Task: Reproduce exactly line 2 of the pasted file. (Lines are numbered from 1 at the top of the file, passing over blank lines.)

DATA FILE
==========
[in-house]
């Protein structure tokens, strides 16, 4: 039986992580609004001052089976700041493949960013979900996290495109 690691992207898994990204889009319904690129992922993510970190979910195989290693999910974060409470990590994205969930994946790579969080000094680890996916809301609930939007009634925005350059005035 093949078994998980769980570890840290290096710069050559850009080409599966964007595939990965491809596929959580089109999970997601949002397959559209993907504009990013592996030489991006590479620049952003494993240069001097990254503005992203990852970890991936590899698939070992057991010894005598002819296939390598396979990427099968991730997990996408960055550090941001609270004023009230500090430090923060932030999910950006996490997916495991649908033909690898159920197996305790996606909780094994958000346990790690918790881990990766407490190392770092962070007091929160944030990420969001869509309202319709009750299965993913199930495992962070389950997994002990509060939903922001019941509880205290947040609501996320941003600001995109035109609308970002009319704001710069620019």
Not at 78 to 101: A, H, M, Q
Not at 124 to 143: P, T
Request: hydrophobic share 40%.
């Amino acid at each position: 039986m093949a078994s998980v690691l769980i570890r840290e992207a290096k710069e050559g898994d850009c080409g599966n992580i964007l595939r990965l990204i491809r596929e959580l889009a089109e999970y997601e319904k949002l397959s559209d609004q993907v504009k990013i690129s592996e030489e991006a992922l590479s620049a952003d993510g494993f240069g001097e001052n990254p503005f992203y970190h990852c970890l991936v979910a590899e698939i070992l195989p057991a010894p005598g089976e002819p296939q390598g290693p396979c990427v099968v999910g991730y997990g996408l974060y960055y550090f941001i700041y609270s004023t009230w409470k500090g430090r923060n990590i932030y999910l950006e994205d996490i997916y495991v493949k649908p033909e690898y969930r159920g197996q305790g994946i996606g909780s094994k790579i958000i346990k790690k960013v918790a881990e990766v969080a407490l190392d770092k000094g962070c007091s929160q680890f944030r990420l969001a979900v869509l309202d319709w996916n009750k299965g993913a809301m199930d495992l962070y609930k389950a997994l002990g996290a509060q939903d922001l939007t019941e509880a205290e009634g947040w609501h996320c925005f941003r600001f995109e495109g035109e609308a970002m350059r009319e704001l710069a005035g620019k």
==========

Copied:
């Protein structure tokens, strides 16, 4: 039986992580609004001052089976700041493949960013979900996290495109 690691992207898994990204889009319904690129992922993510970190979910195989290693999910974060409470990590994205969930994946790579969080000094680890996916809301609930939007009634925005350059005035 093949078994998980769980570890840290290096710069050559850009080409599966964007595939990965491809596929959580089109999970997601949002397959559209993907504009990013592996030489991006590479620049952003494993240069001097990254503005992203990852970890991936590899698939070992057991010894005598002819296939390598396979990427099968991730997990996408960055550090941001609270004023009230500090430090923060932030999910950006996490997916495991649908033909690898159920197996305790996606909780094994958000346990790690918790881990990766407490190392770092962070007091929160944030990420969001869509309202319709009750299965993913199930495992962070389950997994002990509060939903922001019941509880205290947040609501996320941003600001995109035109609308970002009319704001710069620019």